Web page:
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"If the world were to end tomorrow, I would still plant an apple tree today."
- Martin Luther
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Contribute to MOFGA’s Fruitful Future!

The Maine Heritage Orchard is a ten-acre preservation orchard on the MOFGA grounds in Unity. Unlike any other orchard in the state, it will be home to over 500 different apple and pear varieties traditionally grown in Maine. We planted the first 100 trees in April of 2014 and will plant about 100 more each spring until we reach our goal. The varieties included in the collection date back to a time when most Mainers lived on farms and every farm had a small orchard of locally adapted selections. Many of these varieties are now on the verge of extinction.
 
The Maine Heritage Orchard is under the direction of MOFGA’s John Bunker, a nationally recognized expert in historic fruit. With the help of other agricultural historians, numerous "old timers" and hundreds of apple enthusiasts from around the state, John has assembled a unique collection of heritage fruit over the past thirty years. In an ongoing, state-wide treasure hunt for Maine’s ancient fruit trees, well over two hundred varieties have been identified and saved.
 
As the trees mature, fruit and grafting scions will be available for generations to come. Historical and cultural information on each variety will be widely accessible for the first time in over a century. The orchard is managed using innovative, organic orchard practices. It is planted on a terraced reclaimed gravel pit. Beds of beneficial perennial plants are interspersed with the trees. It is a learning laboratory that will be a model for backyard growers, orchardists, and agricultural educators.

There are numerous ways to get involved with the Maine Heritage Orchard. Volunteer work days are held throughout the growing season. Stayed tuned to the MOFGA website for dates or contact us at apples@mofga.org.

Conservation Farm of the Year

We are delighted to announce that the Waldo Soil and Water Conservation District has made MOFGA the Conservation Farm of the Year for its work on the Maine Heritage Orchard. Our first season growing trees and perennial plants on the property is now successfully behind us. For decades, the Heritage Orchard site was subject to gravel mining. A steep and sandy basin of nutrient-depleted land was all that was left when we acquired the property. Gravel mining removes all of the flora, topsoil, and the subsoil gravel from an area. The place was practically barren of vegetation when we got it. A lot of work went into transforming the steep slopes of the gravel pit into a network of terraces before it was even possible to plant trees that could thrive there. MOFGA has since been investigating ways to re-build the soil and create a place that can sustain agriculture and wildlife once again. Next Spring we will plant another 80 heirloom fruit trees as well as many more perennial plants. These perennials are beneficial to the trees, soil-building efforts, and in attracting bees and other insects to the orchard. We hope the Maine Heritage Orchard will be a model for other agricultural and land conservation efforts. And we hope this recognition will motivate others to get involved in preserving heirloom apples and in bringing this place back to life.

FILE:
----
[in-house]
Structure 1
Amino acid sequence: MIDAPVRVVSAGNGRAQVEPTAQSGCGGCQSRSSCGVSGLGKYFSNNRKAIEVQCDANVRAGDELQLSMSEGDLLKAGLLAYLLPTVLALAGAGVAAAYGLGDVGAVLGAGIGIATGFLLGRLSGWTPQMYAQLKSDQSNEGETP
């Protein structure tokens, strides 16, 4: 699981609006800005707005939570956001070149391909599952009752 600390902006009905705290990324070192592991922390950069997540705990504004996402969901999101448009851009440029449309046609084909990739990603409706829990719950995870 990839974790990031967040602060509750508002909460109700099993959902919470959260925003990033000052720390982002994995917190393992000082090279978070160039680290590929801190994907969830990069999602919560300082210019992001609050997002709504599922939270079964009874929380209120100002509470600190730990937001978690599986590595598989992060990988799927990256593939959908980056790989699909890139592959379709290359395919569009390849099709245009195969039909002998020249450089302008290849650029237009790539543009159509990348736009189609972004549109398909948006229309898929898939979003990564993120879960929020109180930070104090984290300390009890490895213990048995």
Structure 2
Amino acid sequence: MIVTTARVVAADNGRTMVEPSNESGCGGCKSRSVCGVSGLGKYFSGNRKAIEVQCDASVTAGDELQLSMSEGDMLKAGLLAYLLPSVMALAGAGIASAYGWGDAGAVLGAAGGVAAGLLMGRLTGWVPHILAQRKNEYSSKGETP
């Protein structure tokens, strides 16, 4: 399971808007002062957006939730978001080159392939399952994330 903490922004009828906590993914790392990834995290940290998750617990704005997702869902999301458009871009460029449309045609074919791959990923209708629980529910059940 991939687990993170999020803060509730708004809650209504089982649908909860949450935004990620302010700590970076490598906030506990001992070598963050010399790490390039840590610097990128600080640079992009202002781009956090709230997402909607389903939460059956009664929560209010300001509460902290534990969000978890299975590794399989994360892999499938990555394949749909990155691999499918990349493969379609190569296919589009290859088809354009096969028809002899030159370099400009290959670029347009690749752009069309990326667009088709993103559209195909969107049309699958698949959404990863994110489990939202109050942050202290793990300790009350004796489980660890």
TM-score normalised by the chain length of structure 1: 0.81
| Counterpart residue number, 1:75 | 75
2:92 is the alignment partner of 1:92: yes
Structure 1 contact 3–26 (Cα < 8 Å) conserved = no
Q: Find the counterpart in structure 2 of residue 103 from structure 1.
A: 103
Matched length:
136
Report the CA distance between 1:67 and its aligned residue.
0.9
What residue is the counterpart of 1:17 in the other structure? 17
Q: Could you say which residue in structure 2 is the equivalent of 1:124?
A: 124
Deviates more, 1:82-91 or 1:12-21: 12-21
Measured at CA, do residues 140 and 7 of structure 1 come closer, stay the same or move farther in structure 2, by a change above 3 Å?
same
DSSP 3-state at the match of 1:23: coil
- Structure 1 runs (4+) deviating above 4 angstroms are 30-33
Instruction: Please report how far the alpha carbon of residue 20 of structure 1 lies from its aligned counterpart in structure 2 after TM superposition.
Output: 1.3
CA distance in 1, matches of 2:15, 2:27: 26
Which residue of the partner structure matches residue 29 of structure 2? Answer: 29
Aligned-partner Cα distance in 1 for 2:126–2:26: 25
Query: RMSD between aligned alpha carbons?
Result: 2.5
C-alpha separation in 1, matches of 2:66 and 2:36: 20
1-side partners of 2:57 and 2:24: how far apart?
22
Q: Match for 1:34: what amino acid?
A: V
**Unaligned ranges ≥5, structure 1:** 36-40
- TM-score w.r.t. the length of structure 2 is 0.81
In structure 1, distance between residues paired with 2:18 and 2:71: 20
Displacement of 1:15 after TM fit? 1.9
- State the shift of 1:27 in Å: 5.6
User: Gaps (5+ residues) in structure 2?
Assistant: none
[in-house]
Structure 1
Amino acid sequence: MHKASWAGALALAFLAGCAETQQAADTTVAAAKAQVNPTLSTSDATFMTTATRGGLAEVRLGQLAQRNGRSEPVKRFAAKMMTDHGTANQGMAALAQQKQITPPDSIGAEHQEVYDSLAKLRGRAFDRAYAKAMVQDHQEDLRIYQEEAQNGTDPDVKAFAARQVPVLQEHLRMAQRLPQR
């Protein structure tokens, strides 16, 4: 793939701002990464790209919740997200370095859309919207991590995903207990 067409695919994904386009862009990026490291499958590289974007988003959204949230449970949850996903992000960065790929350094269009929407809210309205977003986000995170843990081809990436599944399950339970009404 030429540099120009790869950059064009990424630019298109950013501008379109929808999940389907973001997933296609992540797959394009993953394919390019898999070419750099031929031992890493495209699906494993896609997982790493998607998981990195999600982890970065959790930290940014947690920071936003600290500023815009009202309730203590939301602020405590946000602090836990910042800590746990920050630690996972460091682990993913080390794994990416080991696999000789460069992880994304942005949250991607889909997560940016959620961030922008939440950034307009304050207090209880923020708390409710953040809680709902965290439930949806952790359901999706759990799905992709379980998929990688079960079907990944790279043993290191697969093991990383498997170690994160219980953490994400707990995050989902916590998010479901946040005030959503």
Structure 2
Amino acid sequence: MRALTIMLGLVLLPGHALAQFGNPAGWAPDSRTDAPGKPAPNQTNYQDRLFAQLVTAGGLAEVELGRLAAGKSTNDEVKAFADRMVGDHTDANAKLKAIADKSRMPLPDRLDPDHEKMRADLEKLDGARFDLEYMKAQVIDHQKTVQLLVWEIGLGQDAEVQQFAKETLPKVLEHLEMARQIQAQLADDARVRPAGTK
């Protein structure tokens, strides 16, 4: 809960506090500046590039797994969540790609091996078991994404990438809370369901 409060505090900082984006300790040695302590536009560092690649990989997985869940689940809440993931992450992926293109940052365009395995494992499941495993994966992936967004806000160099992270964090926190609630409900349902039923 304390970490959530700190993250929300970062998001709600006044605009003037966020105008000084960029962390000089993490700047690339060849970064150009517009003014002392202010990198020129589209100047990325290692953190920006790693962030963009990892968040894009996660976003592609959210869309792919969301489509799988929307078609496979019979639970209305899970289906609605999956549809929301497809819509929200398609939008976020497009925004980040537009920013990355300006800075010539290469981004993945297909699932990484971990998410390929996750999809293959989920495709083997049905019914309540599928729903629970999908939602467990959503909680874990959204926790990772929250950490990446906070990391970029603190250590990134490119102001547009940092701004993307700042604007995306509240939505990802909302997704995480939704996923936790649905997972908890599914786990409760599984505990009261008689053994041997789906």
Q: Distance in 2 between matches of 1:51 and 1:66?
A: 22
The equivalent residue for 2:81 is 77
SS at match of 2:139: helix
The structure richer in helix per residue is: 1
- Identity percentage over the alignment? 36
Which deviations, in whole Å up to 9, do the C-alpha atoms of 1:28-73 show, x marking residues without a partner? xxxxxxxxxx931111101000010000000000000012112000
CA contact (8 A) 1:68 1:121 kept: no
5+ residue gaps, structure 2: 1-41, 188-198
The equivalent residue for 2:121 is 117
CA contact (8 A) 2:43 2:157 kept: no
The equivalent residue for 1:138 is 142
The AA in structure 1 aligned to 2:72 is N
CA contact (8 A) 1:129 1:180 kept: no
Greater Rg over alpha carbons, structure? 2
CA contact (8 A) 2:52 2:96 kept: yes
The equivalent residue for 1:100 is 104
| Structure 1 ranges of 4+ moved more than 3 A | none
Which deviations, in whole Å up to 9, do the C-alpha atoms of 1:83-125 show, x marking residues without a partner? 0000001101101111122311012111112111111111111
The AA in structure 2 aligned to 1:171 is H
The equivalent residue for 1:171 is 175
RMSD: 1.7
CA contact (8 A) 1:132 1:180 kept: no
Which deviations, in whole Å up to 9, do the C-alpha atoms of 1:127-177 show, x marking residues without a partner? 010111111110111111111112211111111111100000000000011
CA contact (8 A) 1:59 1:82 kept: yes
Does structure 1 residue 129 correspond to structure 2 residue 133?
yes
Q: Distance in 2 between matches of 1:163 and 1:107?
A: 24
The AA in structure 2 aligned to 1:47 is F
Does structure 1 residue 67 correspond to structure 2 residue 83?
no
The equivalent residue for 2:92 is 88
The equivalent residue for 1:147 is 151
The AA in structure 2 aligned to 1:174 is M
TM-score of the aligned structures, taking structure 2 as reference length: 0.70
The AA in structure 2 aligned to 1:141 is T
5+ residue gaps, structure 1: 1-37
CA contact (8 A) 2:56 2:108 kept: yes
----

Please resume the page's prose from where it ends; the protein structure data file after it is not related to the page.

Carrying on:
Developing the New Site

 
The most recent photos of the new orchard site appear at the top.
October 6, 2013 - Orchard Fall Soil Preparation Workshop and Volunteer Work Day. More than 30 volunteers helped John Bunker and others prepare planting areas for the orchard. They placed compost and soil amendments at each future planting site, rolled out hay mulch, staked each site and then enjoyed a lunch prepared in the MOFGA kitchen. Thanks, volunteers! And John Bunker, C.J. Walke and Jack Kertesz. Standard size trees will be planted in the prepared areas next spring.

Here's the recipe for soil amendments:
2 wheelbarrows of compost

2 qts. rock phosphate

2 qts. granular azomite

2 qts. greensand

1-1/2 qts. menafee humates
1 qt. blood meal

1 qt. kelp

3/4 qt. bone char



The terraces feature swales (trenches) dug into the back edge. These are filled with wood chips. The swales catch the water. The chips soak up the water and act like a sponge, releasing the water slowly into the terrace growing beds.

Machines created the terraces

On August 13,
volunteers gathered to
mark out the orchard terraces

The work of renovating the gravel pit began in August 2013

The gravel pit
before renovation began

 


    

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